In summary, today in Miag-ao most fisherman paint their boats for the purpose of protecting it from the salty water of the sea or as a safety precaution. However 20 years ago, all of the interviewees stated that there was a bangka painting competition sponsored by Dr. Matias, the owner of Sulu Gardens. They said that in that competition you could see the artistic talents of the fisher folks. The hulls were elaborately painted with colorful designs. The sails too were painted in designs that complemented the hulls. It would have been a beautiful sight to see. Across the entire coastline of Miag-ao the bangka would line up and wait to be judge by Mr. Matias and a panel of judges. However, no images were sadly found of this event.
Why should it be considered as an art from? Why should it be recognized?
Bangkas have been around since the ancient times. Now they are considered to be the “Jeepneys of the Seas”. The painting of these craft are now just done in the quickest possible way, and the cheapest too. However if works from 20 years ago were obtained, and the competition still done annually, we may see the resurgence of this art from. It should be considered an art form because, it has been around for generations and is slowly fading away for financial and time reasons. If given recognition, such as the painting competition, it could bring back this lost art from.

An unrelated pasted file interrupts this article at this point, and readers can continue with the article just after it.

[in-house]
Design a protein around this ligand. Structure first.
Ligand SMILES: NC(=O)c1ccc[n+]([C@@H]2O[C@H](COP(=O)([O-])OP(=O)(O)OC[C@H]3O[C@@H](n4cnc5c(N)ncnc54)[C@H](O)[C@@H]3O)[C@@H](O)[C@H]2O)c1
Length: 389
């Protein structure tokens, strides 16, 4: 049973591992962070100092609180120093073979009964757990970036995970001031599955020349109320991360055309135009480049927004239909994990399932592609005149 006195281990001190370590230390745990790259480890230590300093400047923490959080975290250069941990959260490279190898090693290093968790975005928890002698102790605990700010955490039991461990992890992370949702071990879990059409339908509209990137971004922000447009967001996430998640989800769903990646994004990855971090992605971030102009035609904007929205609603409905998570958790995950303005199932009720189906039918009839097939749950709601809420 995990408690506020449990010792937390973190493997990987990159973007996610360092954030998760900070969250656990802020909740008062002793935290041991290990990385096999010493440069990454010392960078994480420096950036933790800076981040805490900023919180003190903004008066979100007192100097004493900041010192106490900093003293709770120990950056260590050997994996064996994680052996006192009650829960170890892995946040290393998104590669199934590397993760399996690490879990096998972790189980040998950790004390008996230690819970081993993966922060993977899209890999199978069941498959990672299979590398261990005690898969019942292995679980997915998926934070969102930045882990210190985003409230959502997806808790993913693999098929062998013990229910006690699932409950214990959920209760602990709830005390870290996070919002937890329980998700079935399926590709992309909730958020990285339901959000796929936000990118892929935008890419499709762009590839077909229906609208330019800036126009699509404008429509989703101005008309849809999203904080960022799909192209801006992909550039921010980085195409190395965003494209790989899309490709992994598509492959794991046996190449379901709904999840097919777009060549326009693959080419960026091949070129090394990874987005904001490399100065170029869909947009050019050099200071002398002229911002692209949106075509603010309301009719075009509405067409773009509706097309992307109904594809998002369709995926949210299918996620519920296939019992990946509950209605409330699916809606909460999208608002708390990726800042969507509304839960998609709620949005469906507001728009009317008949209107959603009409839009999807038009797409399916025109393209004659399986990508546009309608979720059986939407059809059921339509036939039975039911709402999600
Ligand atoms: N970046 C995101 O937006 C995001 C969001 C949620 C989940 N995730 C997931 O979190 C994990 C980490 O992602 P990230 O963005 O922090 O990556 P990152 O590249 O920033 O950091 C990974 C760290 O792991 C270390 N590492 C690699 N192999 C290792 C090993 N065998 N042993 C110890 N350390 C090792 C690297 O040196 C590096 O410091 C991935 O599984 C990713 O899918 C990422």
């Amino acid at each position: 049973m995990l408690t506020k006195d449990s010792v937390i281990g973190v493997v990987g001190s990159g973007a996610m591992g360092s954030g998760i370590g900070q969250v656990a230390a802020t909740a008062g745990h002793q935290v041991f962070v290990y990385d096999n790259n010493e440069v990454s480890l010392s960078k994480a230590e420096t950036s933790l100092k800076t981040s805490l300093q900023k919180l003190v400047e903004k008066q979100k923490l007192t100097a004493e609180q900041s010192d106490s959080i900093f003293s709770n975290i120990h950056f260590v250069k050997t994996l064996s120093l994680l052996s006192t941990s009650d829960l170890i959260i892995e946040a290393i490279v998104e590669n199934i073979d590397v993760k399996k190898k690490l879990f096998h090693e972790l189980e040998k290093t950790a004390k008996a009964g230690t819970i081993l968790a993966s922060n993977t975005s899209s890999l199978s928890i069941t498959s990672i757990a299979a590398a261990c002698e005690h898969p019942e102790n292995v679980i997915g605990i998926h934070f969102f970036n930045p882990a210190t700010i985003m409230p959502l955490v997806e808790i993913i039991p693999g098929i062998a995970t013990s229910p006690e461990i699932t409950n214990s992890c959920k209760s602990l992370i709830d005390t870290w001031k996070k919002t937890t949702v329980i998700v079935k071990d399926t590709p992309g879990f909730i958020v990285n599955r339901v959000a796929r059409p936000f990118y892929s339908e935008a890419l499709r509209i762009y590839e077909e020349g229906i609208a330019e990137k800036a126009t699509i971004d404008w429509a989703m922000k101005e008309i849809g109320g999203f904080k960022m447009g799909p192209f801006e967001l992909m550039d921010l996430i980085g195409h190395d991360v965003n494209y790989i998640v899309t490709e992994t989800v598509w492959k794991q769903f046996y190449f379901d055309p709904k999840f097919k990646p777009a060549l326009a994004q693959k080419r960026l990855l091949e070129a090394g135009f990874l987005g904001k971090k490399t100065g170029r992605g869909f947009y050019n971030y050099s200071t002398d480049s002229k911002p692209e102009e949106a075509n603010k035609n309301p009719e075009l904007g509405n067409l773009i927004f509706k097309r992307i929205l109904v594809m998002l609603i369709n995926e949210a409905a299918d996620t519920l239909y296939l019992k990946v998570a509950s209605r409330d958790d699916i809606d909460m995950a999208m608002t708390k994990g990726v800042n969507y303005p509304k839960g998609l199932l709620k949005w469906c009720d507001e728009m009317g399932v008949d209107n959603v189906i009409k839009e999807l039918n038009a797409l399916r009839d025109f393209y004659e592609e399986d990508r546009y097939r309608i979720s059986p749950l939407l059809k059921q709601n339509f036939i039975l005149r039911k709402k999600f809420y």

After conduction the survey and interviews, most fisherman in the coastal area of Miag-ao Iloilo, use traditional methods of constructing a bangka. They use materials like plywoods, and other woods to create the hull and stabilizers of the craft. In painting the crafts, 2 colors are chosen, and these colors are either the favorite colors of the fisherman or the owner of the crafts. Naming the crafts is usually done by elaborate letterings and named after the children to remind them of whom they are doing this for. Lastly, painting the bangkas has become a lost art form. Since 20 years ago up to today the quickest and cheapest methods were used to paint it. When the competition was still held elaborate designs adorned the crafts of Miag-ao, returning this competition will most likely bring back this lost art form and bring wonder to the Miag-aowanons and the Iskos and Iskas. In conclusion, the bangka is an artform in its self from its construction to its painting. It is truly a national heritage.
- Name: Kagawad Vicente Naria.
Address: Barangay Sapa, Miag-ao Iloilo
Cellphone Number: N/A
- Name: Ramil Montalbo
Address: Barangay Baybay Norte, Miag-ao Iloilo
Cellphone Number: N/A
- Name: Bobby and Alfredo Magan
Address: Barangay Baybay Norte, Miag-ao Iloilo
Cellphone Number: N/A
- Name: Rizalde Nobleza
Address: Barangay Mambatad, Miag-ao, Iloilo
Cellphone Number: N/A
Abera, M.B. 2010. The soul boat and the boat-soul: an inquiry onto the indigenous soul.
Barut. N.C. and Garviles E.G. 2016. Philippine Annual Fishery Report 2016. Proceedings of the Western and Central Pacific Fisheries Commission Twelfth Regular Session, Bali, Indonesia.
Bureau of Fisheries and Aquatic Resources. 2012-2014 Fisheries Statistics of the Philippines. BFAR, Quezon City Philippines. Var. p.